The Impact of M1/M2 Tumor Associated Macrophage (TAM) Polarization on Cancer Progression and Prognosis Prediction
Recruitment status was Recruiting
|Study Design:||Observational Model: Case Control
Time Perspective: Prospective
|Official Title:||The Impact of M1/M2 Tumor Associated Macrophage (TAM) Polarization on Cancer Progression and Prognosis Prediction|
- outcome (treatment response and mortality) [ Time Frame: 3 years ] [ Designated as safety issue: No ]
- clinical presentation [ Time Frame: at enrollement ] [ Designated as safety issue: No ]
Biospecimen Retention: Samples Without DNA
|Study Start Date:||September 2007|
|Estimated Study Completion Date:||August 2010|
patients diagnosed of lung cancer with malignant pleural effusions
Inflammatory response in the tumor micro-environment may facilitate the metastatic process (1). Macrophages are pivotal members of the inflammatory cells and the innate immune system within the tumor stroma. Tumor-associated macrophages can release growth factors, cytokines and inflammatory mediators that may facilitate cancer cell invasion, migration, angiogenesis, tumor progression or metastasis (1-5). A lot of studies showed TAM encounter factors that most frequently polarize them toward M2 type macrophage (1,4-5). It is interesting that in vitro studies macrophages have the potential to kill tumor by appropriate stimulation but these macrophage belonged to M1 and were not present in most tumor tissue (6). Some drugs target to suppress TAM have the promising results in animal models (7-9). Switching the TAM phenotype from M2 to M1 may promote anti-tumor activity (10). In this study we will correlate TAM M1/M2 ratio and patients' prognosis, the gene expression pattern of TAM.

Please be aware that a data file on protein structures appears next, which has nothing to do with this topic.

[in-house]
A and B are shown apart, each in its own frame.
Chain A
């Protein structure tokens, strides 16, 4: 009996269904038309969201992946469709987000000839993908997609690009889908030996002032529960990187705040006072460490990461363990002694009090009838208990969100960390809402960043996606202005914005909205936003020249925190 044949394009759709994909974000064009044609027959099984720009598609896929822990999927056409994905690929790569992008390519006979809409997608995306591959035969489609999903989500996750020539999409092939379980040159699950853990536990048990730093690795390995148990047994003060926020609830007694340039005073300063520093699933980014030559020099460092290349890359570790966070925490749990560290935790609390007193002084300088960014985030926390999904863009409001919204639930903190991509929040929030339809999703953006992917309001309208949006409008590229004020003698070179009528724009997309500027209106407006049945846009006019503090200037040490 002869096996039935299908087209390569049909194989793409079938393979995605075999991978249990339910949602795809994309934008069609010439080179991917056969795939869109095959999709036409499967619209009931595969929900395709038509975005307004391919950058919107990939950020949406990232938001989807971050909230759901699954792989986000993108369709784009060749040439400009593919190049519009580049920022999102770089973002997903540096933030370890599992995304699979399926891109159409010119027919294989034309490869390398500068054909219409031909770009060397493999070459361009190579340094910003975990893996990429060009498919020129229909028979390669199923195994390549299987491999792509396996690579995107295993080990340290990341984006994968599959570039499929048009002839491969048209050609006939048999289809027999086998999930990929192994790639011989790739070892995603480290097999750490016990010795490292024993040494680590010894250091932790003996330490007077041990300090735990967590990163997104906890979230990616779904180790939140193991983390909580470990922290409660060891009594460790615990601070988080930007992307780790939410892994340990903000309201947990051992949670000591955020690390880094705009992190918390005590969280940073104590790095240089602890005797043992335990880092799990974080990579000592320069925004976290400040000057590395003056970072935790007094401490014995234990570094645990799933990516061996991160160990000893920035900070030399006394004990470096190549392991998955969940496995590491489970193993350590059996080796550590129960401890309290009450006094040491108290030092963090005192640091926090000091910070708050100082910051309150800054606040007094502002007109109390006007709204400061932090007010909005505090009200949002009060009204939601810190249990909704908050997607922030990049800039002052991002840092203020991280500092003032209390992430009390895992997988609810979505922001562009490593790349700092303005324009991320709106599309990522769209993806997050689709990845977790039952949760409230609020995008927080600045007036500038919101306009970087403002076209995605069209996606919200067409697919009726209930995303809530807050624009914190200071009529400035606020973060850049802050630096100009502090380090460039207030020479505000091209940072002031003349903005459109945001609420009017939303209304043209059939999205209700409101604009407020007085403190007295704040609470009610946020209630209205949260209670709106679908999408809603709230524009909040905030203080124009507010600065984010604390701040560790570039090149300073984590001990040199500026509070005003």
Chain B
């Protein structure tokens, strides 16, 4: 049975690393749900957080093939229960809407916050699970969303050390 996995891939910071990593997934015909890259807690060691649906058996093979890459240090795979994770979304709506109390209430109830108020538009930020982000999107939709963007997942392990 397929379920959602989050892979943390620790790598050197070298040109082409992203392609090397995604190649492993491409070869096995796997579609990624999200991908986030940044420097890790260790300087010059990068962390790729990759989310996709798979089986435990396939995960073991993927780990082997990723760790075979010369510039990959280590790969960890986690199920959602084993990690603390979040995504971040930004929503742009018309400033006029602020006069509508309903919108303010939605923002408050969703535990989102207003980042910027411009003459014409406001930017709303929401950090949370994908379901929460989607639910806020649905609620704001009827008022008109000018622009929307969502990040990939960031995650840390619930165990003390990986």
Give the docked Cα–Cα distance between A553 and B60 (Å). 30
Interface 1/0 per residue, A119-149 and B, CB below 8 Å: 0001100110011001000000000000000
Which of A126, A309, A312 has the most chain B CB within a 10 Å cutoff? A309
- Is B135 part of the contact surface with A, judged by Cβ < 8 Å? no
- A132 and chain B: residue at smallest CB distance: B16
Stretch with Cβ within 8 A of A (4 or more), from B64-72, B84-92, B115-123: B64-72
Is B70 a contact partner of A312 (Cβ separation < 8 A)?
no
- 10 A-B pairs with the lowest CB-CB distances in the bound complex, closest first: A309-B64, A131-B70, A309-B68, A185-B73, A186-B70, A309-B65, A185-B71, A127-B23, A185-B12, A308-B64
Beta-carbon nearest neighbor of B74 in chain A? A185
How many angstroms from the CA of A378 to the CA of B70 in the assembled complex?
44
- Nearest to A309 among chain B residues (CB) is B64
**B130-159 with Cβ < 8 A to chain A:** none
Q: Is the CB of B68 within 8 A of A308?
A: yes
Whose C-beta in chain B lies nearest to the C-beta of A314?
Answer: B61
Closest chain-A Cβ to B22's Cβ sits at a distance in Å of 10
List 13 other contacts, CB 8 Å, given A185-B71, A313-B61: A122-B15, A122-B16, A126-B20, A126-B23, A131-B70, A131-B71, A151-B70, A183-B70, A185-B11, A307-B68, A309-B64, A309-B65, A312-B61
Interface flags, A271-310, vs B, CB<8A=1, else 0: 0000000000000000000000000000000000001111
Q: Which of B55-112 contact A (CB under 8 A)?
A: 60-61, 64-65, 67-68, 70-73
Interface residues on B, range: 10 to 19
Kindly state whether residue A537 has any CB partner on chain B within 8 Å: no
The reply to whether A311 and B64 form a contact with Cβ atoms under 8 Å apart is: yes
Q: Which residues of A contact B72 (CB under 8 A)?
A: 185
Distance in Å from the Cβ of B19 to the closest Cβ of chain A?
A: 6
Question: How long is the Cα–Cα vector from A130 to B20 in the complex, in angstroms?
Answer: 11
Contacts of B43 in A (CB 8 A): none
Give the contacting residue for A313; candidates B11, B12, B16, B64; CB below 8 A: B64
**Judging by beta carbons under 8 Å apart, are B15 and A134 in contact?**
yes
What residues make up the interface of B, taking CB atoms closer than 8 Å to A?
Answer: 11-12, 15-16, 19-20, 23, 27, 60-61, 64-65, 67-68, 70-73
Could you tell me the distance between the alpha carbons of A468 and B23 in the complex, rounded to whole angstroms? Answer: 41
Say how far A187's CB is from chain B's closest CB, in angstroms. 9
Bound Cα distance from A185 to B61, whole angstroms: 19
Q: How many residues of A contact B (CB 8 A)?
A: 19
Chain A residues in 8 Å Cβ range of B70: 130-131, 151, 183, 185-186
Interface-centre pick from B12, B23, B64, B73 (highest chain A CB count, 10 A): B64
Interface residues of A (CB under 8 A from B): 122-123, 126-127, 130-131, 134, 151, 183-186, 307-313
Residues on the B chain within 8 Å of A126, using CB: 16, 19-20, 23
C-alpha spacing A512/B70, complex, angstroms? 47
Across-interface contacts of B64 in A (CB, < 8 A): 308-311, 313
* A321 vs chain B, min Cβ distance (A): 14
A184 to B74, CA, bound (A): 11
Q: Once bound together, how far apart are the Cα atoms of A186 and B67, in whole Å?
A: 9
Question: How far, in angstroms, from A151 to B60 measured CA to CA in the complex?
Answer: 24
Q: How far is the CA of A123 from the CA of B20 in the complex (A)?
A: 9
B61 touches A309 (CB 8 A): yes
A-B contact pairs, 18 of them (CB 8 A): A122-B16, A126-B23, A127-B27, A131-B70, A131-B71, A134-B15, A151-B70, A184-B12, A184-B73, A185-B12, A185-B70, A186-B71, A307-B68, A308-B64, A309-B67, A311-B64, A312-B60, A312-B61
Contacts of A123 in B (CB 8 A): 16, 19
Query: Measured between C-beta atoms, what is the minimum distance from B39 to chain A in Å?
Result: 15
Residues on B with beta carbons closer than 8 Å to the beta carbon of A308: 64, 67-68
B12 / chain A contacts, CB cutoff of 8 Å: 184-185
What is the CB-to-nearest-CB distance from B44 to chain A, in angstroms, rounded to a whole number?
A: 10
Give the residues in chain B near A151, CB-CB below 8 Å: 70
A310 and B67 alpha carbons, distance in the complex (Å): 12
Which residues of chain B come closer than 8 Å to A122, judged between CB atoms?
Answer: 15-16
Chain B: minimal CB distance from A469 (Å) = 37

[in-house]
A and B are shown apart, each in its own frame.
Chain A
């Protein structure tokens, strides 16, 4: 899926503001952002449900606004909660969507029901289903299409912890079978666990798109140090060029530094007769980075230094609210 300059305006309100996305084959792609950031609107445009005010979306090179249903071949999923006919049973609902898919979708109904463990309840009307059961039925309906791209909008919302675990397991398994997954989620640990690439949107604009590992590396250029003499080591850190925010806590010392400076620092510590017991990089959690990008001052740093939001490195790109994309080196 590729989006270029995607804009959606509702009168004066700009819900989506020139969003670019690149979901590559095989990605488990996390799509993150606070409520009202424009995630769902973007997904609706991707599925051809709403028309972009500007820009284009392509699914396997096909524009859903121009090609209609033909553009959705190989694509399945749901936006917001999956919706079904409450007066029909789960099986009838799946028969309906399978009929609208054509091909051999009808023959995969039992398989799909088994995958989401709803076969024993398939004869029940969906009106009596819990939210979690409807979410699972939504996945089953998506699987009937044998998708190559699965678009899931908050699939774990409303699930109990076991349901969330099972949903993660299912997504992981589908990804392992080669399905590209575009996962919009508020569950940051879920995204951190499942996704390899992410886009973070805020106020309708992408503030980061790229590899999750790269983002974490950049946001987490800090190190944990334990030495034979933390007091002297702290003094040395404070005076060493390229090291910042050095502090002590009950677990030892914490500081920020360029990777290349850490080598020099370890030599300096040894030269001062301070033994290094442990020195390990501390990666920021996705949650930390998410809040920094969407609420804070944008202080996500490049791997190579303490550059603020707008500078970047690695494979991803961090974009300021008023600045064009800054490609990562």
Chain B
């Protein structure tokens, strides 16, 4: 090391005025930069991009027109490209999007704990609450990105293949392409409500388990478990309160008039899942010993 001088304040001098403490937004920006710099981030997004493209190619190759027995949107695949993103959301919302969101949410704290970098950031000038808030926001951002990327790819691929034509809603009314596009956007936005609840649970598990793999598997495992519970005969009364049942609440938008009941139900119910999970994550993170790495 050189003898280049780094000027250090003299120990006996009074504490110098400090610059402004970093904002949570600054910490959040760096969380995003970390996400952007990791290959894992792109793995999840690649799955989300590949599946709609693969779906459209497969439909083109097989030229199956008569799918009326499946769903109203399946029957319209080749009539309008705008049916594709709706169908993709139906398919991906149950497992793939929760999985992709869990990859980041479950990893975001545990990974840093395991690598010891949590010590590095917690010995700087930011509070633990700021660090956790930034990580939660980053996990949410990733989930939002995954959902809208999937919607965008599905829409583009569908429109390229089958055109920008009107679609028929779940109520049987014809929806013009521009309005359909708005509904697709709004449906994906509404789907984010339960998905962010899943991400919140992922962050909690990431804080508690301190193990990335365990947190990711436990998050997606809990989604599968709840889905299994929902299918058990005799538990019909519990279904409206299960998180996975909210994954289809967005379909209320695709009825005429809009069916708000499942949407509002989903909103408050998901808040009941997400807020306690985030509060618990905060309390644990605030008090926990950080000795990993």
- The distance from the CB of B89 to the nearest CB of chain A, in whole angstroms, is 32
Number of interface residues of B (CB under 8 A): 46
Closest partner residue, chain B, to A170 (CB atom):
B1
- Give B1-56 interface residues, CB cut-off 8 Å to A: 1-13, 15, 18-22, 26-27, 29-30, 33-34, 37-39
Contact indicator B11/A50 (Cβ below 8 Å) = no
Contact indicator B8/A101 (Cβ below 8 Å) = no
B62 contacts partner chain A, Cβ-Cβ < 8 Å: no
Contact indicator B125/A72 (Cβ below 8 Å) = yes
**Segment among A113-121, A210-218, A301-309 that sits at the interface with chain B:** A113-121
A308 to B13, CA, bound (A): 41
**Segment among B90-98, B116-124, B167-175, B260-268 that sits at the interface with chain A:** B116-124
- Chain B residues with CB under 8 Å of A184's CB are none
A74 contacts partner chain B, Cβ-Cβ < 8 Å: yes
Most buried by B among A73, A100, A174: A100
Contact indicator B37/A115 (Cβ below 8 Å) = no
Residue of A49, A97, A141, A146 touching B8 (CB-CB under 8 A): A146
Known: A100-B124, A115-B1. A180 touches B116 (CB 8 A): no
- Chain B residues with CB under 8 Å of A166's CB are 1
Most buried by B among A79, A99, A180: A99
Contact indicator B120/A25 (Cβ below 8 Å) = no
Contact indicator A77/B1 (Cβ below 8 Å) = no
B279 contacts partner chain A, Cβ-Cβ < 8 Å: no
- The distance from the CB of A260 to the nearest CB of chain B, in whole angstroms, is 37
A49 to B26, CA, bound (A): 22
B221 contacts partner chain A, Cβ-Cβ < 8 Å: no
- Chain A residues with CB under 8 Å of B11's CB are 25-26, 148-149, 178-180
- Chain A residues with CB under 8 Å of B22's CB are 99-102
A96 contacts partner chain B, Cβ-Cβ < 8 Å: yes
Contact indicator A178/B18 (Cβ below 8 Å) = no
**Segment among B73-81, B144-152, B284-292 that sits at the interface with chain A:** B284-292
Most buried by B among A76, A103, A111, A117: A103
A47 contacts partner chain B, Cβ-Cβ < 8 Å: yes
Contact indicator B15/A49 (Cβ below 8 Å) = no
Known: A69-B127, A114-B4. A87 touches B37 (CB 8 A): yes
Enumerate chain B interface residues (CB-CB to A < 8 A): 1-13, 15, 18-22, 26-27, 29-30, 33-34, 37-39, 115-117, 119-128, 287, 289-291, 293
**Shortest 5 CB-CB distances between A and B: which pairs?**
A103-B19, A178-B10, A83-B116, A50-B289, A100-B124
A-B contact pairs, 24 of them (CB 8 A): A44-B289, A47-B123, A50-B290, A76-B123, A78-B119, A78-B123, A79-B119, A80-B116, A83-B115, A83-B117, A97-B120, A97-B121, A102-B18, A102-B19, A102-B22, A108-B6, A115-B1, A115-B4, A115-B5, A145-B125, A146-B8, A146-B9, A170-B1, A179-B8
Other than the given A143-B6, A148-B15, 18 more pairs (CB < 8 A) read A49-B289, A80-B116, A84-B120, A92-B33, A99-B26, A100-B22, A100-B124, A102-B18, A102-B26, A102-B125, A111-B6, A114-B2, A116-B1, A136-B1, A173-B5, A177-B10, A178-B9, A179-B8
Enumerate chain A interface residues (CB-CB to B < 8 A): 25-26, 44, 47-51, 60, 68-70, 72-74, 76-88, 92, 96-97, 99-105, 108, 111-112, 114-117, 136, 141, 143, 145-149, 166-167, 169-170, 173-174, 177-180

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Please refer to this study by its ClinicalTrials.gov identifier: NCT00690261
|Contact: Chao-Chi Ho, Ph.D.||email@example.com|
|Contact: Ang Yuan, Ph.D.||firstname.lastname@example.org|
|National Taiwan University Hospital||Recruiting|
|Taipei, Taiwan, 100|
|Contact: Chao-Chi Ho 886-2-2356-2905 email@example.com|
|Principal Investigator:||Chao-Chi Ho||Department of Internal Medicine and Emergency Medicine, National Taiwan University Hospital|